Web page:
Notwithstanding anything of the contrary contained in any decision, degree, order of any court or in any Act, rule of circular, the admission in the 1 st year of the graduate standard of Engineering, Medical Science, Dentistry, Pharmacy, Veterinary science, Agriculture Science, Fishers, Dairy, Forestry and other courses of same nature shall be made on the basis of the Combined Entrance Competitive Examination
Nomination for the admission in the Universities, College and Institutes within the state and outside the state. Where such nomination is required to be made by the state Government, shall be made on the basis of the r Combined Entrance Competitive Examination

RIMS prescribes eviction for govt over-stayers

Ranchi, July 3: What does a hospital do when a senior police official, a director of a private security agency and two government employees hold on to accommodation meant for doctors? If it is the state-run Rajendra Institute of Medical Sciences (RIMS), it takes four years to diagnose the problem before initiating action to evict the “illegal” occupants.

RIMS deputy director and head of microbiology department L.B. Pandey, who is the competent authority in such matters, admitted the hospital had written to the government departments concerned and the police. But it’s obvious though that the hospital was doing so with some degree of trepidation.

“Most of the occupants were government servants and we haven’t received any complaints of misbehaviour against them from local residents,” clarified Pandey.

The over-stayers at the centre of a brewing controversy were Pithoria police station officer-in-charge Neeraj Pathak, director of G. Alert security agency (a private concern) Rajeev Ranjan, procurement officer of Jharkhand AIDS Control Society B.N. Pandey and deputy director (health services) Anjali Das.

RIMS sources said while Pathak occupied doctor’s quarters bearing number 70, Ranjan, Pandey and Das were staying at quarters no 38, 46 and 63 respectively.

Though the RIMS management claimed it had sent notices to the illegal occupants directing them to vacate the quarters, most of them vehemently rejected the “illegal occupant” tag, claiming they had been “allowed” to stay there either by the RIMS management or by a government department.

Police officer Pathak’s case seemed to be the strongest. RIMS sources agreed he was allowed to stay there when he was officer-in-charge of the Bariatu police station that’s been operating out of the hospital guesthouse on campus since the last 15 years.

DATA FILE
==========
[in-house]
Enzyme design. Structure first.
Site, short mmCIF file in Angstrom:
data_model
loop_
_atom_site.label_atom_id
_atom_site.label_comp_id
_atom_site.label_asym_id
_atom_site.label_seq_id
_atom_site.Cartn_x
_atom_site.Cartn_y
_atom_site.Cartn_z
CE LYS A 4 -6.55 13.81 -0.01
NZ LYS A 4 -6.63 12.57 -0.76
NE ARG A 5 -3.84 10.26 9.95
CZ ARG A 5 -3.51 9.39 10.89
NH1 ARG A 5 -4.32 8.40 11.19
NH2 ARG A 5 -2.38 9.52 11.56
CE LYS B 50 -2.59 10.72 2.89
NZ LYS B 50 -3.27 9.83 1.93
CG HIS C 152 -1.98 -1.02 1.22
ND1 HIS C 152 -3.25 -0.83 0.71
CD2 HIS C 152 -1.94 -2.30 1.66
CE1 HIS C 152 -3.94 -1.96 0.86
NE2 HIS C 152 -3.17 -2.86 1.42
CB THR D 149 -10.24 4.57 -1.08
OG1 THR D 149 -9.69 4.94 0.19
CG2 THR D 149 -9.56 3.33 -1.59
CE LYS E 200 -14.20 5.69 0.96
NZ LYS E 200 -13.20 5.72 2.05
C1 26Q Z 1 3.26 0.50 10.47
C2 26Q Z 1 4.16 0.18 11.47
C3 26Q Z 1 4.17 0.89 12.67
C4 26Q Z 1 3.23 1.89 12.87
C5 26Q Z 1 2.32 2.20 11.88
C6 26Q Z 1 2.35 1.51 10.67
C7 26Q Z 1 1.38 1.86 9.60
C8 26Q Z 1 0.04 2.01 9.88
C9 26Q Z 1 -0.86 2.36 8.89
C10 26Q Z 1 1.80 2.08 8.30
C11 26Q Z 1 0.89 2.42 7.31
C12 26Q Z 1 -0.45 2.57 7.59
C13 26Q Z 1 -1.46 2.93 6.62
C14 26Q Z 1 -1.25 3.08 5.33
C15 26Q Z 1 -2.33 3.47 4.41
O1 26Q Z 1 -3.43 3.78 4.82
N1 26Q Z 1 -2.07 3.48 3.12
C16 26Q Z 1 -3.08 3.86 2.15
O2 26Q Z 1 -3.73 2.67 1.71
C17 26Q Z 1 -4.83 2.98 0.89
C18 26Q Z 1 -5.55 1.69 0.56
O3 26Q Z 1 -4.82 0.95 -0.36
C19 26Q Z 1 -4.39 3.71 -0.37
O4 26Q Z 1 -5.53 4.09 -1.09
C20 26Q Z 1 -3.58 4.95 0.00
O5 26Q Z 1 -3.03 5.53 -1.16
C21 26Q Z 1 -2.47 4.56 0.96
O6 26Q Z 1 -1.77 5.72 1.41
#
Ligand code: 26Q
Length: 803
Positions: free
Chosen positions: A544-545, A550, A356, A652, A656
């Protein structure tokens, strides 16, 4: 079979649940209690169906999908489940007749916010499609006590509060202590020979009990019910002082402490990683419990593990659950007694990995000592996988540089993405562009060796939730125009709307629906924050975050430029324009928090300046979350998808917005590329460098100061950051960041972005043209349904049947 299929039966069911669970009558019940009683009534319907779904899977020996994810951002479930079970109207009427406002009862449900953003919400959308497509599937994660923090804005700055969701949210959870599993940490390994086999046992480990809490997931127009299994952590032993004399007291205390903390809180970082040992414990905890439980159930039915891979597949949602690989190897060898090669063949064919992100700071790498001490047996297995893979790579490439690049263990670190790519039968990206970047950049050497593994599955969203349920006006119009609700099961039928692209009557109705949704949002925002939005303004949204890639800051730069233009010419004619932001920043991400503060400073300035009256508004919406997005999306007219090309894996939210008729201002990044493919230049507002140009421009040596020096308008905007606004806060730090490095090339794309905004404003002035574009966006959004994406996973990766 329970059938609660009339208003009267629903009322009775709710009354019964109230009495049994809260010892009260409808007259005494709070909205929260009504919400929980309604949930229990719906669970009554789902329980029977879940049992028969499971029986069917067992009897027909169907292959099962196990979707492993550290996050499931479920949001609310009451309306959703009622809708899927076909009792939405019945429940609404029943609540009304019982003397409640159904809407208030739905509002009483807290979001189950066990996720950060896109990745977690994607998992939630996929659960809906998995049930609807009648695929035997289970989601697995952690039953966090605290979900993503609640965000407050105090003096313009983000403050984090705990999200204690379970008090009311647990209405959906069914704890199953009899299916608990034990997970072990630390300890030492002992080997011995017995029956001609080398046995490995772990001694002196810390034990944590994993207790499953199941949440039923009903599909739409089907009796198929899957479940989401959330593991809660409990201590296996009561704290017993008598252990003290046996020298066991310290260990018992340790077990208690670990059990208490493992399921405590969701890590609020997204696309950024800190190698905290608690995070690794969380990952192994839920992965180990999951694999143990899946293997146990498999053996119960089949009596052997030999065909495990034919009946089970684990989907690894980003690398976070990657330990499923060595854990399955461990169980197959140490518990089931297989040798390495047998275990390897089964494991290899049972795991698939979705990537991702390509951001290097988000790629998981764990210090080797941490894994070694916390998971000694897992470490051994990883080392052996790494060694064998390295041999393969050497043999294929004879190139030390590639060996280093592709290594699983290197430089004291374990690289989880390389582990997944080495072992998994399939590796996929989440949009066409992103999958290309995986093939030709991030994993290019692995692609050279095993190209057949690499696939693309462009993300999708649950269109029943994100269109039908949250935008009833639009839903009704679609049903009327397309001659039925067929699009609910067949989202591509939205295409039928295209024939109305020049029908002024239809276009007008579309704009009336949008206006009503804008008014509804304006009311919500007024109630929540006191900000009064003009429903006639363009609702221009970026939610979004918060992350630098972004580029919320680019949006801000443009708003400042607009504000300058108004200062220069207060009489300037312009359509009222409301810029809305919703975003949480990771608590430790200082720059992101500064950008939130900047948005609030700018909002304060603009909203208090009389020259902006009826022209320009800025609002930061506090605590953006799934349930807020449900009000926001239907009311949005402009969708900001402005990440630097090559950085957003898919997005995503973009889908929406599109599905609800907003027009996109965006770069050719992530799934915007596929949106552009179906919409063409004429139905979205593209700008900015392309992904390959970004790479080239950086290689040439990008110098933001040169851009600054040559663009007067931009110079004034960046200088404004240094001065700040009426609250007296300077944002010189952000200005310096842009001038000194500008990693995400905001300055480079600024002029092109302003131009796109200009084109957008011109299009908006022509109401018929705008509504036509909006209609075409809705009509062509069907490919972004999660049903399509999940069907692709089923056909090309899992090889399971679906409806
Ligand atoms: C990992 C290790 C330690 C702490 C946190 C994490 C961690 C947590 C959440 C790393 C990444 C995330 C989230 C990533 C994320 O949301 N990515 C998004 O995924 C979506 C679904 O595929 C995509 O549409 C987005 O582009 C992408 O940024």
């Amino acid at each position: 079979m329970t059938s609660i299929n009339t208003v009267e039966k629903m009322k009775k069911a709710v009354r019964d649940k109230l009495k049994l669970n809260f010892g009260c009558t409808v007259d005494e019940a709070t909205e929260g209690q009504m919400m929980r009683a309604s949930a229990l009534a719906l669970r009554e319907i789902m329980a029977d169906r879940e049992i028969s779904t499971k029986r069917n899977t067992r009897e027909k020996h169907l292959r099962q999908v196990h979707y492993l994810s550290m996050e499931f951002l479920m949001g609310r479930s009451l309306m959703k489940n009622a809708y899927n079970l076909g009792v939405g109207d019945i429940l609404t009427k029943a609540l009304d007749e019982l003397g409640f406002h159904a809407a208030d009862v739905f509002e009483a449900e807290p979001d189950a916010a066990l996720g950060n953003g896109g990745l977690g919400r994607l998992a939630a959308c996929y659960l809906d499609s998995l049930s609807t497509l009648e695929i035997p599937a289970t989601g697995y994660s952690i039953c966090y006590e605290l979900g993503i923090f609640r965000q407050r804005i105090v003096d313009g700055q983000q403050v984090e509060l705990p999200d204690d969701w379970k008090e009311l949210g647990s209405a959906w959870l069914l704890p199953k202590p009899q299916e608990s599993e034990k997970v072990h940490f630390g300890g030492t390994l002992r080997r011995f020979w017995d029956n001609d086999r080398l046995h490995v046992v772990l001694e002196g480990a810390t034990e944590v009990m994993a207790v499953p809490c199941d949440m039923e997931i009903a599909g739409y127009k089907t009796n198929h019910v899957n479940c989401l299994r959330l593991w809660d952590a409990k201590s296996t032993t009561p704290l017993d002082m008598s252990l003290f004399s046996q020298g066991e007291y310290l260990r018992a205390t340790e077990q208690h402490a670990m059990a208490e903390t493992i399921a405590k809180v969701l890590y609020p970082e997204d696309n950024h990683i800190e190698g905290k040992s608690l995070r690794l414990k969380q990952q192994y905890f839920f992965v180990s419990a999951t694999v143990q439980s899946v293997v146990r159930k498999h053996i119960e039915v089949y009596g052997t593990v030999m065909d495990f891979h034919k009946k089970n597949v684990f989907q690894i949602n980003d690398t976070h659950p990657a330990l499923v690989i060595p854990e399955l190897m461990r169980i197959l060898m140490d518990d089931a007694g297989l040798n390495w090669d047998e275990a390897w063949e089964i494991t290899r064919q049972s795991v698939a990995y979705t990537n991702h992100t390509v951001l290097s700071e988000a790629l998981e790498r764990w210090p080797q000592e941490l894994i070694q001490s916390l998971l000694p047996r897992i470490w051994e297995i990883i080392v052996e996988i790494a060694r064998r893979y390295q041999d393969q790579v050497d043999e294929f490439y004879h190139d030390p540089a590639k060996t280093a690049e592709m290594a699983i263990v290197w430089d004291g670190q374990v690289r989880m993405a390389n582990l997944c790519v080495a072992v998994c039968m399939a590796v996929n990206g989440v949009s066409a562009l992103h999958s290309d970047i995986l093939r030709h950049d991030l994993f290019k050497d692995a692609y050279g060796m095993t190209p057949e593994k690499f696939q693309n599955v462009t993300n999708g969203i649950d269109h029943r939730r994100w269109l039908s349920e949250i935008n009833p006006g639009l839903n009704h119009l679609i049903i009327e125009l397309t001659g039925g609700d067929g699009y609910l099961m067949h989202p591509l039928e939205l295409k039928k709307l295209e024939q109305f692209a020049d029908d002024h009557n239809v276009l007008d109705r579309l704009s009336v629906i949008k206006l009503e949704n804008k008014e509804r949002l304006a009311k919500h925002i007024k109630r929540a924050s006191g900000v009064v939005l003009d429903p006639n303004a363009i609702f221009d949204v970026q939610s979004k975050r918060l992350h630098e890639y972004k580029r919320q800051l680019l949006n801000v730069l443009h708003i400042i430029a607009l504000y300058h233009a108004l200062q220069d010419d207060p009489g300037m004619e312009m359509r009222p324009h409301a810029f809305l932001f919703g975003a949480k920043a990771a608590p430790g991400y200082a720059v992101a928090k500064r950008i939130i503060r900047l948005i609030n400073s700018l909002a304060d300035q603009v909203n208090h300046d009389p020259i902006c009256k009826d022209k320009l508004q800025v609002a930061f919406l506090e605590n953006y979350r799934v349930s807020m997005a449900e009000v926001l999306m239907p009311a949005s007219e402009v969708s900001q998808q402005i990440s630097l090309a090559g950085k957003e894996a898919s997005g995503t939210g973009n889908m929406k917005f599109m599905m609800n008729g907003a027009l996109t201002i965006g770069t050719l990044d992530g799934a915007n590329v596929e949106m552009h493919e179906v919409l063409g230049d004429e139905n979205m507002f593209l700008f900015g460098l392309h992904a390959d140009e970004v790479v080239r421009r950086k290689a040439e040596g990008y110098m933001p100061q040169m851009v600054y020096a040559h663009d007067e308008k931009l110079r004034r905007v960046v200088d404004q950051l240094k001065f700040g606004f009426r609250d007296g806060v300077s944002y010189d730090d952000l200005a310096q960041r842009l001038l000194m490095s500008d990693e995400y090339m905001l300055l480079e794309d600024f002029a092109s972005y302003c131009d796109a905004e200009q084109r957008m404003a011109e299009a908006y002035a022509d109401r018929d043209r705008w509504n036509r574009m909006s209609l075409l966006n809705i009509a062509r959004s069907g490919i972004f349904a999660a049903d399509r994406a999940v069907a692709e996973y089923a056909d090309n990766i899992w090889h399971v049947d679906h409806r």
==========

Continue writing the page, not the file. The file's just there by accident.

“Former director of RIMS J. Prasad had allowed me to stay in the doctor’s quarters. I do not take a house rent of Rs 1,500 per month payable to me by government in lieu of the quarters. We also pay maintenance charges of Rs 180 per month,” he clarified.

“In that case, how can I be termed an ‘illegal occupant’?”

But RIMS’s contention, according to sources, was that he had been allowed to stay there as officer-in-charge of the Bariatu police station. But he stayed on even after being transferred as officer-in-charge of Pithoria police station.

Pathak didn’t buy the argument. “There is no illegal occupation on RIMS campus as those who are staying there were allowed to so by the former director or the state government’s building construction department,” he said.

Nevertheless, the deputy director seemed satisfied with their efforts to get the four of 70 staff quarters vacated. “We have written letters to the bosses of the government employees who have occupied the RIMS quarters,” he said.

“The police department has responded positively. Recently we received a letter from the senior police superintendent’s office informing us about the steps it had taken to have the quarters occupied by its officer vacated soon,” Pandey added.

On about the involvement of the building construction department in allotting quarters, he said it had no right do so. “The building construction department is authorised to maintain the RIMS quarters but not to allot any,” he added.

Building construction department special secretary A.P.Choudhary agreed with L.B. Pandey. “We do not allot RIMS quarters,” he said.
Source:http://www.telegraphindia.com

Junior docs protest mall on RIMS campus


Ranchi, June 16: A cloud of uncertainty looms large over the shopping complex proposed to be constructed at the Rajendra Institute of Medical Sciences (RIMS).


The Junior Doctors’ Association (JDA) lodged a protest against its construction before RIMS director N.N. Agarwal.


The director has forwarded the letter to state health minister Bhanu Pratap Sahi.


JDA president Jitendra Singh Munda said the protest was lodged anticipating law and order problems on the RIMS campus after the shopping complex was constructed.